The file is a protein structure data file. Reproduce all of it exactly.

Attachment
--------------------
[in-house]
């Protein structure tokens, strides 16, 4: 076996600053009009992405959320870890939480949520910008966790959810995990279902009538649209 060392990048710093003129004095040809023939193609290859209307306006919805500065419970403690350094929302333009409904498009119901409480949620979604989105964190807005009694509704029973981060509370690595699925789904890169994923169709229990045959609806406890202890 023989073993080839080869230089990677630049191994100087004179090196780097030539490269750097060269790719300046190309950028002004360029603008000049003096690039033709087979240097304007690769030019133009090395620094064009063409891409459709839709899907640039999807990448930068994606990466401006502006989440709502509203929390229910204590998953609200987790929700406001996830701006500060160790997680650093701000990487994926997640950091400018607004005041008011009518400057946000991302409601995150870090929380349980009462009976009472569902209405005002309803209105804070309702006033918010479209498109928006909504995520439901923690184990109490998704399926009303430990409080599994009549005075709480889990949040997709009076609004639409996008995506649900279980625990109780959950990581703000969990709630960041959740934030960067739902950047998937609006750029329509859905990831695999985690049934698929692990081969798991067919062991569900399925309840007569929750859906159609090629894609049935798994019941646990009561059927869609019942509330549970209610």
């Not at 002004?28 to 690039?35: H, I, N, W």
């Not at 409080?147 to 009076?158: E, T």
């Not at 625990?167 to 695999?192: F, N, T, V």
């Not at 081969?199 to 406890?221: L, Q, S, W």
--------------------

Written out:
[in-house]
């Protein structure tokens, strides 16, 4: 076996600053009009992405959320870890939480949520910008966790959810995990279902009538649209 060392990048710093003129004095040809023939193609290859209307306006919805500065419970403690350094929302333009409904498009119901409480949620979604989105964190807005009694509704029973981060509370690595699925789904890169994923169709229990045959609806406890202890 023989073993080839080869230089990677630049191994100087004179090196780097030539490269750097060269790719300046190309950028002004360029603008000049003096690039033709087979240097304007690769030019133009090395620094064009063409891409459709839709899907640039999807990448930068994606990466401006502006989440709502509203929390229910204590998953609200987790929700406001996830701006500060160790997680650093701000990487994926997640950091400018607004005041008011009518400057946000991302409601995150870090929380349980009462009976009472569902209405005002309803209105804070309702006033918010479209498109928006909504995520439901923690184990109490998704399926009303430990409080599994009549005075709480889990949040997709009076609004639409996008995506649900279980625990109780959950990581703000969990709630960041959740934030960067739902950047998937609006750029329509859905990831695999985690049934698929692990081969798991067919062991569900399925309840007569929750859906159609090629894609049935798994019941646990009561059927869609019942509330549970209610």
């Not at 002004?28 to 690039?35: H, I, N, W």
């Not at 409080?147 to 009076?158: E, T």
């Not at 625990?167 to 695999?192: F, N, T, V």
């Not at 081969?199 to 406890?221: L, Q, S, W």